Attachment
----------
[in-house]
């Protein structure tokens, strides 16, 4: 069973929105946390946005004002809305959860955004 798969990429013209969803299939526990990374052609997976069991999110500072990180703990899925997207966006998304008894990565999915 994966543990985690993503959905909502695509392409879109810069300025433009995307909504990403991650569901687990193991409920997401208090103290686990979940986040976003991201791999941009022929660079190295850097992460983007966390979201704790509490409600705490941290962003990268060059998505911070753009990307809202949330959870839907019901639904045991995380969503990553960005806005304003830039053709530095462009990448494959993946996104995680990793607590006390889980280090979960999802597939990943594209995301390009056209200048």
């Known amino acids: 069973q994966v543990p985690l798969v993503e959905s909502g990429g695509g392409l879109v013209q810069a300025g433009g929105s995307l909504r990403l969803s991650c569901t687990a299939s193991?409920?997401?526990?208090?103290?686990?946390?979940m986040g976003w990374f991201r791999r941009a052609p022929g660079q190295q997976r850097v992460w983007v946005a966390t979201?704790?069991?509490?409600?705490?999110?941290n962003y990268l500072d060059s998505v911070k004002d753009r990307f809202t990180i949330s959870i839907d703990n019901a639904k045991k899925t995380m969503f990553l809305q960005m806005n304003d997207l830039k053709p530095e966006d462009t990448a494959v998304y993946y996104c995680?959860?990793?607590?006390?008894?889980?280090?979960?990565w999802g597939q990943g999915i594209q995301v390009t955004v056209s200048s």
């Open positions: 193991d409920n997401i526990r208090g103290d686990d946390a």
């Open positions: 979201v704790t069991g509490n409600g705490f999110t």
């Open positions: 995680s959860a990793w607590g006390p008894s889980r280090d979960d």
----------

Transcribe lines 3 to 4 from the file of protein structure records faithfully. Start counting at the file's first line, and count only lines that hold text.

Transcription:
């Known amino acids: 069973q994966v543990p985690l798969v993503e959905s909502g990429g695509g392409l879109v013209q810069a300025g433009g929105s995307l909504r990403l969803s991650c569901t687990a299939s193991?409920?997401?526990?208090?103290?686990?946390?979940m986040g976003w990374f991201r791999r941009a052609p022929g660079q190295q997976r850097v992460w983007v946005a966390t979201?704790?069991?509490?409600?705490?999110?941290n962003y990268l500072d060059s998505v911070k004002d753009r990307f809202t990180i949330s959870i839907d703990n019901a639904k045991k899925t995380m969503f990553l809305q960005m806005n304003d997207l830039k053709p530095e966006d462009t990448a494959v998304y993946y996104c995680?959860?990793?607590?006390?008894?889980?280090?979960?990565w999802g597939q990943g999915i594209q995301v390009t955004v056209s200048s």
């Open positions: 193991d409920n997401i526990r208090g103290d686990d946390a």